Things We Are Thankful for This Weird Year
Thankfulness

Things We Are Thankful for This Weird Year

The Thanksgiving holiday (this week in the US, last month in Canada, with other nations and cultures celebrating similar holidays at different times) is a special time for fundraisers.

Because we live on thankfulness.

Being thankful is good for you. It improves your personal life. It strengthens relationships. It’s smart in business…

But for us fundraisers, it’s a foundational activity. When we thank the donors who freely give to fund our causes, our thankfulness is a key part of the “transaction.”

So we “get” the idea of giving thanks in a special way.

We asked several members of the Moceanic community what they are thankful for. It might not be an easy question in a tough year like this, but we think you’ll find their answers eye-opening and encouraging.

“I am thankful for all the brave fundraisers who have stayed strong and fundraised with gusto during COVID-19. When everything seemed so uncertain and topsy turvy, they did not weaken. They doubled down to connect with donors like never before. And together with their donors, they bring comfort, justice, and hope for a better tomorrow.”

Julie Cooper

“I’m thankful for those fundraisers whose first task every morning is to make sure yesterday’s donors will be sent a warm and personal thank you note today.”

Roger Craver

“I’m grateful for many things. Perhaps foremost, I feel deeply connected to so many beautiful friends and family. That gives me empathy, energy, a sense of loving, and being loved. I feel I can carry these gifts into my work, which means I’m always enthusiastic about the wonderful work that nonprofits and their donors accomplish.”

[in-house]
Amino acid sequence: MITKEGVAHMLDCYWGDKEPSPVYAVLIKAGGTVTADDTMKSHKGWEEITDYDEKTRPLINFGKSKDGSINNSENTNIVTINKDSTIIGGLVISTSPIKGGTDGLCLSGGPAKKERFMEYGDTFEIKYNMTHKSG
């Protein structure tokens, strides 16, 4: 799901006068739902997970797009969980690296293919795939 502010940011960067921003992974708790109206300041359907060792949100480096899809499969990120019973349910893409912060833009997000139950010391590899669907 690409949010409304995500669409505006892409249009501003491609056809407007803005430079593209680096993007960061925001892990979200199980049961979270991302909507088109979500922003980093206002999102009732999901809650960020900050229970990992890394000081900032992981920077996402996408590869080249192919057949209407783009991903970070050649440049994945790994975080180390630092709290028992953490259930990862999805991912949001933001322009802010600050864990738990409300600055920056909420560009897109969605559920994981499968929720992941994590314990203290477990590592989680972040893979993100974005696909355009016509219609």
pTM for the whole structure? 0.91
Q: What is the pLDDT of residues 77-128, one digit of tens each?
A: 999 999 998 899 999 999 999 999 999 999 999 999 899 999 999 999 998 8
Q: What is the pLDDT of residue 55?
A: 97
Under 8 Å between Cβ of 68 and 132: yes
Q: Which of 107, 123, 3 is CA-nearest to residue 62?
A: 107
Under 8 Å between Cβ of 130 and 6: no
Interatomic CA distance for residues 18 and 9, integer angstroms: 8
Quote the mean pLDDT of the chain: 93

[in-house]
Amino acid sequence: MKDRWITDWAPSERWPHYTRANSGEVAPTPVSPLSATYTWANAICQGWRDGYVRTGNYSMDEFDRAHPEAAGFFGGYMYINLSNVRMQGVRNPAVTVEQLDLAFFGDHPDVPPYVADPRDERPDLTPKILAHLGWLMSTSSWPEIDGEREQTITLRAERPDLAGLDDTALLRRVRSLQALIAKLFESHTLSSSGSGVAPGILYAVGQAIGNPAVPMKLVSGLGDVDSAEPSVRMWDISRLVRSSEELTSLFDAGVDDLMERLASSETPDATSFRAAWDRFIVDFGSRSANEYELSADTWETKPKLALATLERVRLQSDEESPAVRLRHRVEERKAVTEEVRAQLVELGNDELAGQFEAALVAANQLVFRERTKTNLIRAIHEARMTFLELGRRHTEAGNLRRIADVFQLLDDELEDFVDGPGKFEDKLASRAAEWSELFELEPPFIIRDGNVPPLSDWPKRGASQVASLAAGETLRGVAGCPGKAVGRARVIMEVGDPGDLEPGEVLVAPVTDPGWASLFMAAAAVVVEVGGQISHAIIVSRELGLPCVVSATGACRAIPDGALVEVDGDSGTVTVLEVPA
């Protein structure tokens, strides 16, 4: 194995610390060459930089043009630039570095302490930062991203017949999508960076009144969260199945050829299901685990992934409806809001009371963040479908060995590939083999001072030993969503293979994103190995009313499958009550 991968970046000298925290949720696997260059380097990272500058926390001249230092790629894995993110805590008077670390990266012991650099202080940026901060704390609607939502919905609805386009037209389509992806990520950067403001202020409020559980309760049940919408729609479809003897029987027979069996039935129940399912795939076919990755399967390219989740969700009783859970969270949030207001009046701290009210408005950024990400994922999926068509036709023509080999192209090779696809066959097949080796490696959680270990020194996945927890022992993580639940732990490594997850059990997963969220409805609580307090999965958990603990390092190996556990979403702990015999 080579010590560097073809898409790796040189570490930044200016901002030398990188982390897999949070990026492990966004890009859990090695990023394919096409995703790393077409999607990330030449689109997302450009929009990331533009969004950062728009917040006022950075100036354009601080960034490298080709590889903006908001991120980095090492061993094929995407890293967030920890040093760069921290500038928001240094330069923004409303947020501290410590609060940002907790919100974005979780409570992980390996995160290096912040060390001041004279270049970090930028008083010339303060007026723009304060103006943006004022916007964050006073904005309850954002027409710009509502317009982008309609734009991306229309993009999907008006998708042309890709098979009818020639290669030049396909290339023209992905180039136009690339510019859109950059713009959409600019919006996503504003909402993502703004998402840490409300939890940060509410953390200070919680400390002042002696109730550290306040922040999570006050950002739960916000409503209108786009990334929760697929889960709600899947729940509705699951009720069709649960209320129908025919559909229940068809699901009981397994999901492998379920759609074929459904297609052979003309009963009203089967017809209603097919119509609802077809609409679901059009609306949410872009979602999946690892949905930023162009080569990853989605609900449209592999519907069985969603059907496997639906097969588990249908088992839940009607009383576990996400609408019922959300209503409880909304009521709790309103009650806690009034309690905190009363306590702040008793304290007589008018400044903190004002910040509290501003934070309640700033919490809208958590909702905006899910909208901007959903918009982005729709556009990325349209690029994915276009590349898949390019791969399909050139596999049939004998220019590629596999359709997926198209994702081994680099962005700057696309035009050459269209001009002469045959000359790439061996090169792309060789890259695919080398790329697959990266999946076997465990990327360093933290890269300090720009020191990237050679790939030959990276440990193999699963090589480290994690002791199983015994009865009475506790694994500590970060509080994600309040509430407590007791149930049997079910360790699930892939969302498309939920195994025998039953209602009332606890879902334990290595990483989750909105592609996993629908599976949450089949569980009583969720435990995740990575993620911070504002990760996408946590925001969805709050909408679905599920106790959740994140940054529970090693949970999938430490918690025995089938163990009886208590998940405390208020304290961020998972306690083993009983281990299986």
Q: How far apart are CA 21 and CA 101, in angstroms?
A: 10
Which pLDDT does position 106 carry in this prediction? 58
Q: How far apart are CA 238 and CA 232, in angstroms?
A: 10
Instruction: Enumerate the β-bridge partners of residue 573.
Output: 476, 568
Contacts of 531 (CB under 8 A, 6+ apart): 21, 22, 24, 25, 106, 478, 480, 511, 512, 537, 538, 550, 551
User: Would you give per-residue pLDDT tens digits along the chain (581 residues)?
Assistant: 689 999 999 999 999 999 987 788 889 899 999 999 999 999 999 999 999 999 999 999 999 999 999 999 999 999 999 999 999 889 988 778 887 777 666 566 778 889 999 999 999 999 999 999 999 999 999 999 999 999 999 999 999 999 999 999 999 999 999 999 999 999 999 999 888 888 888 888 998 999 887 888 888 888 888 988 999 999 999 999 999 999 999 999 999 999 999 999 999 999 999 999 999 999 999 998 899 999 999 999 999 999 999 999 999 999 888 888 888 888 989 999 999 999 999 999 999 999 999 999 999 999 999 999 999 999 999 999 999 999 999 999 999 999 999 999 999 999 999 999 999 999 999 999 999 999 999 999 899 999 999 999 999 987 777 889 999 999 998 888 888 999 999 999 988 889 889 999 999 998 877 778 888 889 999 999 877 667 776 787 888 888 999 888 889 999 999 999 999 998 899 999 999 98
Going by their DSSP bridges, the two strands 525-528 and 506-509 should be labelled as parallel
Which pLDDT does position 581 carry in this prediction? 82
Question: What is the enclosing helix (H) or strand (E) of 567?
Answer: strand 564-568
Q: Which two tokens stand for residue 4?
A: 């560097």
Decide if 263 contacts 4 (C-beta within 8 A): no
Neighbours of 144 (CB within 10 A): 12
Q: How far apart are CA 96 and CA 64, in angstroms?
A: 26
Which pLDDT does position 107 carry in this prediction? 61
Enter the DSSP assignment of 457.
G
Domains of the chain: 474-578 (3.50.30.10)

Harvey McKinnon

“I’m thankful for the leaders in organizations that prioritize fundraising education for their executive and board … those who were able to keep fundraising, not falter, and make informed decisions to move forward in response to the pandemic with the support of leadership.”

Fiona McPhee

“If every so often you sense a warm and grateful glow, it may have been sent by me. Because every day my copywriter’s heart is filled with thanks to walk this fundraising world with so many brave, passionate nonprofit professionals — and for the boundless generosity of donors — to build a better, brighter, more just world. A world of humanity, sustainability, peace, respect, and love. I love you all. Write on, keep fighting the good fight (the only fight!), and thank you.”

Lisa Sargent

“I’m grateful for the human capacity to love others. Throughout the trials of the past few months, one thing that has shone through is how, if we treat people properly, they are as willing as ever to step up and help others. Even when they have felt personally scared, isolated, disempowered, and disconnected.”

Adrian Sargeant

“I’m incredibly thankful for our members-only community at The Fundraisingology Lab. They are simply the most extraordinary group of people I know. And the opportunity to serve them as they navigated the uncharted waters of the coronavirus pandemic this year was truly a gift to me.

“Our members have not just survived; many have thrived in 2020. They have given me hope, joy, inspiration. I’ve been brought to tears by some of the difficult challenges they’ve faced, and I’ve jumped for joy to celebrate their success – often on the same day! So as I’ve spent 2020 mostly in my little home office, I am most thankful for every single one of those extraordinary members of The Fundraisingology Lab. Thank you!”

Christiana Stergiou